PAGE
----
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  1. GOVERNMENT OF PAKISTAN INTELLECTUAL PROPERTY ORGANISATION OF PAKISTAN (IPO- PAKISTAN) WORLDINTELLECTUALPROPERTY ORGANIZATION EUROPEAN UNION WIPO NATIONAL WORKSHOP ON TRADEMARKS AND THE MADRID SYSTEM December 4 and 5, 2006. Venue: Pakistan Agricultural Research Council(PARC) Islamabad, Pakistan Madrid System and Legislative/Regulatory Requirements Prepared by Javed Safdar Tanwiri, Senior Vice Chairman Pakistan Industrial & Intellectual Property Rights Association (PIPRA) And Advocate High Court, Vellani & Vellani

  2. The countries falling in the category of developing countries could be divided into those which have acceded to the Madrid System and those which have not as yet acceded, the following table shows examples of such countries:

  3. Bhutan • Became member of WIPO in 1994 • Intellectual Property Office established in 1997 • WIPO assisted in drafting the Legislation • Trade Marks Registry set up manually • Automation of Trade Mark Registry initially funded by World Bank

  4. Bhutan – contd. • Preparing accession to the Madrid System • Romarin work station and CD Rom provided by WIPO in June 2000 • Registrar and Deputy Registrar of IP Office invited to Geneva in July 2000 • French Courses were given to the officials related to this field • Integrating the Madrid System with the National System

  5. Bhutan – contd. • Finally in Aug 2000 became member of Madrid Agreement and Protocol • Implementing the Madrid System • Compliance with International Standards • Securing budget approval for new office set up and amendment of laws • Recruitment of new personnel for the section • Training the concerned officials

  6. CHINA • Embarked on economic reforms in late 1970’s • One language, one application and one set of fees would offer low cost and easy to use channel for International protection of Trade Marks which would be beneficial for development of Chinese Enterprises in foreign market • Series of Laws and Regulations promulgated in early 1980’s made it possible for China to join Madrid System and to provide a mechanism for harmonization of domestic and the International Systems.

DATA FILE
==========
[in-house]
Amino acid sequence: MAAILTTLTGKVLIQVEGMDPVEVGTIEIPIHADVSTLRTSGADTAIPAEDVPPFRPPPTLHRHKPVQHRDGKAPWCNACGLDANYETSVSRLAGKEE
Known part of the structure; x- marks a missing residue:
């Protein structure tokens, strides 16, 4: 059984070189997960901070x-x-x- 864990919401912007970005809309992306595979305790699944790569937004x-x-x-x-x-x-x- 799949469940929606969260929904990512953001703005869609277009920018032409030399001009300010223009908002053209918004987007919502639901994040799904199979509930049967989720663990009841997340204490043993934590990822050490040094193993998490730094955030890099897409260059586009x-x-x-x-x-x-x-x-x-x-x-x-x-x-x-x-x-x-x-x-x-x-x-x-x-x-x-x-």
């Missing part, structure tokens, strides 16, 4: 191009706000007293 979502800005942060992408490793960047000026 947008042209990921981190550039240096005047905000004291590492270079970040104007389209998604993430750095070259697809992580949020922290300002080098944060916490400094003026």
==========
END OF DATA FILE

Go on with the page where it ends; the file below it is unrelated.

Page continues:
7. China – contd. • China became party to Paris Convention in 1985 which is precondition for accession to Madrid Agreement • From 1987-1988 Trademark Office completed conversion from domestic classification of good and services to International Classification i.e. Nice Classification • International Registration Division established within Trademark Office • Trade Mark Office selected experienced Trade mark examiners with good knowledge of French and organized special training programmes for them • International Registration Division drew up working standards and procedures for implementation of Madrid Agreement

  8. China- contd. • The Division also prepared different types of forms for notifications to International Bureau • Publicity activities were launched during preparation for accession • Training programmes were organized for trademark professionals. • Several delegations sent to participate in working group session on Madrid Protocol as well as meetings for drafting of regulations. • Economic growth and development also created more favourable conditions for China’s accession • Madrid Agreement implemented in China for a number of years and practical experience already gained which made it possible to cope with any problems that may arise after accession to Madrid Protocol